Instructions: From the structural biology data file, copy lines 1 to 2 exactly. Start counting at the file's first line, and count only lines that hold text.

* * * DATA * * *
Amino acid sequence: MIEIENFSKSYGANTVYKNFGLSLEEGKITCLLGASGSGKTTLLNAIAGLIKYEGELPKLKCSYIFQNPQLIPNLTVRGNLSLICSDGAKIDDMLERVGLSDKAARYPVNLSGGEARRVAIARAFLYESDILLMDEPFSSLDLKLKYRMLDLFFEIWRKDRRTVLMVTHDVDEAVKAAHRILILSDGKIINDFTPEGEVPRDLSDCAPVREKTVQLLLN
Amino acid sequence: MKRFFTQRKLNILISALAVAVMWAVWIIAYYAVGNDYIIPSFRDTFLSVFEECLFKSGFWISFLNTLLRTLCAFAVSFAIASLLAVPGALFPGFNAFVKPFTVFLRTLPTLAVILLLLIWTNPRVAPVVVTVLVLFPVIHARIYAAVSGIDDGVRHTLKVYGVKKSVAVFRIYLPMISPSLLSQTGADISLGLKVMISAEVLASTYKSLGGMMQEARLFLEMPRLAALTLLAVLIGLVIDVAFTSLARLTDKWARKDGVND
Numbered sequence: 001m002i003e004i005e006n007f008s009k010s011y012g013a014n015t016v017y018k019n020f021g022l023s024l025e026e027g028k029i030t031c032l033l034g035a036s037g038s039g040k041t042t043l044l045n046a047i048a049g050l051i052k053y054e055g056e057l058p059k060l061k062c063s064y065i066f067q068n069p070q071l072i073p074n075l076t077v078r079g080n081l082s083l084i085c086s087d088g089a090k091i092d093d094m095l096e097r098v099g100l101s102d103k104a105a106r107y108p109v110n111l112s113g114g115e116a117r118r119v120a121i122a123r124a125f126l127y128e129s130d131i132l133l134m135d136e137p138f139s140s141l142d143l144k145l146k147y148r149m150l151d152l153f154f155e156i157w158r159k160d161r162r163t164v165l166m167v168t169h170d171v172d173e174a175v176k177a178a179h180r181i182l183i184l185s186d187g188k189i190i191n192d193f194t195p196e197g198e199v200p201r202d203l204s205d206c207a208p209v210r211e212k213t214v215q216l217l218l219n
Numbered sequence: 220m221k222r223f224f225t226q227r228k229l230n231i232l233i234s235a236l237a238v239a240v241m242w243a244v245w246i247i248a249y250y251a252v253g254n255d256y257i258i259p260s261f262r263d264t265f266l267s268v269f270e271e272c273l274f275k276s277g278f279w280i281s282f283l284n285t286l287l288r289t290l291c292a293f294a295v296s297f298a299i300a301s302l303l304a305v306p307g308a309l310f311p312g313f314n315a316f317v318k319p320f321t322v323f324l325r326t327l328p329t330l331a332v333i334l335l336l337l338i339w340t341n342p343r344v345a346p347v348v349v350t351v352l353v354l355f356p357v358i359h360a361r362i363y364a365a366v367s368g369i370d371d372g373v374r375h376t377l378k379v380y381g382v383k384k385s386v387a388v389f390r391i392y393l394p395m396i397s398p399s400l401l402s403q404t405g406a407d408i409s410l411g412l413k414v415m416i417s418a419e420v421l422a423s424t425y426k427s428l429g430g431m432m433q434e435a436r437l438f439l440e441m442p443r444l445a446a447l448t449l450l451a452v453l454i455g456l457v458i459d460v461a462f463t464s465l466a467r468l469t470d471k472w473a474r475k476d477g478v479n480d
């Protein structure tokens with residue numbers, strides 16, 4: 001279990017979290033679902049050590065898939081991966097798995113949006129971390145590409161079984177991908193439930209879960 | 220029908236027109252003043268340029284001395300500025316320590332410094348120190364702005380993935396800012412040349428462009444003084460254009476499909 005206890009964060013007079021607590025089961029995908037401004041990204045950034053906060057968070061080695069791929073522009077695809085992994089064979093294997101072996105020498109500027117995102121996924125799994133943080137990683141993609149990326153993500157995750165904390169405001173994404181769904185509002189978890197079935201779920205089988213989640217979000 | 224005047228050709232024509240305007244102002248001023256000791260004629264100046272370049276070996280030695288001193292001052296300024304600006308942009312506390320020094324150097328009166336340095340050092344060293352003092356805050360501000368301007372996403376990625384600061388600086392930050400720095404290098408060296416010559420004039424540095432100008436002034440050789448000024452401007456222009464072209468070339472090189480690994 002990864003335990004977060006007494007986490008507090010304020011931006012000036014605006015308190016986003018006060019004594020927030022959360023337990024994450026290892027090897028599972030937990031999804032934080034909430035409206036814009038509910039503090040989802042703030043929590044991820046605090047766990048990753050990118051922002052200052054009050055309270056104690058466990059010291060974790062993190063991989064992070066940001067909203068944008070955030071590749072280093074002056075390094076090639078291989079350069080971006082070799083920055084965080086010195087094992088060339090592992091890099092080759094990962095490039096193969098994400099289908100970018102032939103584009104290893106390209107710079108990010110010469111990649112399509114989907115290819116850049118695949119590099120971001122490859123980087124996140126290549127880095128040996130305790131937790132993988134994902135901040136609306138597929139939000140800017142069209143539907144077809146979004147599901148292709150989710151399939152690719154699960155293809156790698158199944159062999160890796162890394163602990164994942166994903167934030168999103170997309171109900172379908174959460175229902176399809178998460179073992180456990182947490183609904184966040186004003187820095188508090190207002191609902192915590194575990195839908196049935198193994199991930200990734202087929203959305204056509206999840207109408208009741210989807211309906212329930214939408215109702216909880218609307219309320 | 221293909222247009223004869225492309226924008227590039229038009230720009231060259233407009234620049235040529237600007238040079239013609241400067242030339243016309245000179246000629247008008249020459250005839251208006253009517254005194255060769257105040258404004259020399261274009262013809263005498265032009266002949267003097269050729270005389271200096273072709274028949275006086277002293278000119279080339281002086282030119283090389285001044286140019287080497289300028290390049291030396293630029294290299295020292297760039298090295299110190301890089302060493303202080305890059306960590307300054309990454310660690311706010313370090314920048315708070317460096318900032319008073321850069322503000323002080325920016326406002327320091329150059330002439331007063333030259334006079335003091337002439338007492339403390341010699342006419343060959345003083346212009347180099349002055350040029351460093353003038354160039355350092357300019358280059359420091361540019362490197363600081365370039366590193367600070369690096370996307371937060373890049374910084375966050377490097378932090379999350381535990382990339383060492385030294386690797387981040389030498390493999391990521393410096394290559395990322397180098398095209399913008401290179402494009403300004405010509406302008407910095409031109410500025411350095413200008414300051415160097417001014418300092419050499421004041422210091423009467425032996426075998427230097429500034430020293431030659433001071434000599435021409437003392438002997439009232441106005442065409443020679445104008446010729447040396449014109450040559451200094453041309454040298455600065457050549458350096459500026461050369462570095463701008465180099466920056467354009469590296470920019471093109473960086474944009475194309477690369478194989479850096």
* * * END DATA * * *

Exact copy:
Amino acid sequence: MIEIENFSKSYGANTVYKNFGLSLEEGKITCLLGASGSGKTTLLNAIAGLIKYEGELPKLKCSYIFQNPQLIPNLTVRGNLSLICSDGAKIDDMLERVGLSDKAARYPVNLSGGEARRVAIARAFLYESDILLMDEPFSSLDLKLKYRMLDLFFEIWRKDRRTVLMVTHDVDEAVKAAHRILILSDGKIINDFTPEGEVPRDLSDCAPVREKTVQLLLN
Amino acid sequence: MKRFFTQRKLNILISALAVAVMWAVWIIAYYAVGNDYIIPSFRDTFLSVFEECLFKSGFWISFLNTLLRTLCAFAVSFAIASLLAVPGALFPGFNAFVKPFTVFLRTLPTLAVILLLLIWTNPRVAPVVVTVLVLFPVIHARIYAAVSGIDDGVRHTLKVYGVKKSVAVFRIYLPMISPSLLSQTGADISLGLKVMISAEVLASTYKSLGGMMQEARLFLEMPRLAALTLLAVLIGLVIDVAFTSLARLTDKWARKDGVND